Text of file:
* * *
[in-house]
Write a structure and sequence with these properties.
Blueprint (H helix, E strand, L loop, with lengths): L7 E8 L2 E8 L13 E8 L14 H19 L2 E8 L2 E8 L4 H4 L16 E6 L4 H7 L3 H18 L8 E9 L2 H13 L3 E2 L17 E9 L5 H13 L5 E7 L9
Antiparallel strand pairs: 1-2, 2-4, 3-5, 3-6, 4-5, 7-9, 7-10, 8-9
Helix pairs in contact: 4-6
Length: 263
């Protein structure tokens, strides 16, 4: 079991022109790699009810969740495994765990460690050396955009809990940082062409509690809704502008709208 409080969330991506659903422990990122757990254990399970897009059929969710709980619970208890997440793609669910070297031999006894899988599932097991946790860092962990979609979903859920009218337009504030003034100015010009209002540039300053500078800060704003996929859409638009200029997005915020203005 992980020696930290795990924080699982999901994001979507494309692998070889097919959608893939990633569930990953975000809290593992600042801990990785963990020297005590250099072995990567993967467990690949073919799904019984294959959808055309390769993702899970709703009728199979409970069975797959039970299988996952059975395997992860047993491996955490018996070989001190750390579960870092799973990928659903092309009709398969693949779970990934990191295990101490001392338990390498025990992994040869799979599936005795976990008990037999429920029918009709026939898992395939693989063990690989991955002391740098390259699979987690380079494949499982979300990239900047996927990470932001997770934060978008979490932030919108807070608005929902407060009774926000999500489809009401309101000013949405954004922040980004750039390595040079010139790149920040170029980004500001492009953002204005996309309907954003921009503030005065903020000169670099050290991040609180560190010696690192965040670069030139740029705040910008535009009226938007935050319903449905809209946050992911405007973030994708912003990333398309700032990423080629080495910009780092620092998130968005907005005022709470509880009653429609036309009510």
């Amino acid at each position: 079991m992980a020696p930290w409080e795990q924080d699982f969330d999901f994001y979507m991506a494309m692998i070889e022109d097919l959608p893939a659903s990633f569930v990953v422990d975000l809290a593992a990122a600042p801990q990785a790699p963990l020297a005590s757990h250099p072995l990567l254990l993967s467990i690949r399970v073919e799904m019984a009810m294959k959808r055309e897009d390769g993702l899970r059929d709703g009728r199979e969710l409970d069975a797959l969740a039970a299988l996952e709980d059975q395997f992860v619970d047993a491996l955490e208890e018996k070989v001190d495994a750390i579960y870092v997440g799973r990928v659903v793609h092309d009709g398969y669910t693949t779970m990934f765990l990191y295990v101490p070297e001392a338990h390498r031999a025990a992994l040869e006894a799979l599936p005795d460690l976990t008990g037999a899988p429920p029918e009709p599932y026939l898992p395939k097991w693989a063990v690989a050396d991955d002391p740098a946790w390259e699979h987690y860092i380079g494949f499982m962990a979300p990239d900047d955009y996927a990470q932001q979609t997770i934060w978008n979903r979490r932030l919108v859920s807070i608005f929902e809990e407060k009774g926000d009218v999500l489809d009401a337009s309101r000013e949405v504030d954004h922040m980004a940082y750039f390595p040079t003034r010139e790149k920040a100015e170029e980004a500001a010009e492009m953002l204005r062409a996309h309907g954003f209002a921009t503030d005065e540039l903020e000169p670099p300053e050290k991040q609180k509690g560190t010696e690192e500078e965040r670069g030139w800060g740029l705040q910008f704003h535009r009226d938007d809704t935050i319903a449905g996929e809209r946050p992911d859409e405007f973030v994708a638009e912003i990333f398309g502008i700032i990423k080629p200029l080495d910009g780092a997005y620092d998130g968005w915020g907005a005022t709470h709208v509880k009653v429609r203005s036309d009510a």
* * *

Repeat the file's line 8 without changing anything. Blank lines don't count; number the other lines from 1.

């Amino acid at each position: 079991m992980a020696p930290w409080e795990q924080d699982f969330d999901f994001y979507m991506a494309m692998i070889e022109d097919l959608p893939a659903s990633f569930v990953v422990d975000l809290a593992a990122a600042p801990q990785a790699p963990l020297a005590s757990h250099p072995l990567l254990l993967s467990i690949r399970v073919e799904m019984a009810m294959k959808r055309e897009d390769g993702l899970r059929d709703g009728r199979e969710l409970d069975a797959l969740a039970a299988l996952e709980d059975q395997f992860v619970d047993a491996l955490e208890e018996k070989v001190d495994a750390i579960y870092v997440g799973r990928v659903v793609h092309d009709g398969y669910t693949t779970m990934f765990l990191y295990v101490p070297e001392a338990h390498r031999a025990a992994l040869e006894a799979l599936p005795d460690l976990t008990g037999a899988p429920p029918e009709p599932y026939l898992p395939k097991w693989a063990v690989a050396d991955d002391p740098a946790w390259e699979h987690y860092i380079g494949f499982m962990a979300p990239d900047d955009y996927a990470q932001q979609t997770i934060w978008n979903r979490r932030l919108v859920s807070i608005f929902e809990e407060k009774g926000d009218v999500l489809d009401a337009s309101r000013e949405v504030d954004h922040m980004a940082y750039f390595p040079t003034r010139e790149k920040a100015e170029e980004a500001a010009e492009m953002l204005r062409a996309h309907g954003f209002a921009t503030d005065e540039l903020e000169p670099p300053e050290k991040q609180k509690g560190t010696e690192e500078e965040r670069g030139w800060g740029l705040q910008f704003h535009r009226d938007d809704t935050i319903a449905g996929e809209r946050p992911d859409e405007f973030v994708a638009e912003i990333f398309g502008i700032i990423k080629p200029l080495d910009g780092a997005y620092d998130g968005w915020g907005a005022t709470h709208v509880k009653v429609r203005s036309d009510a």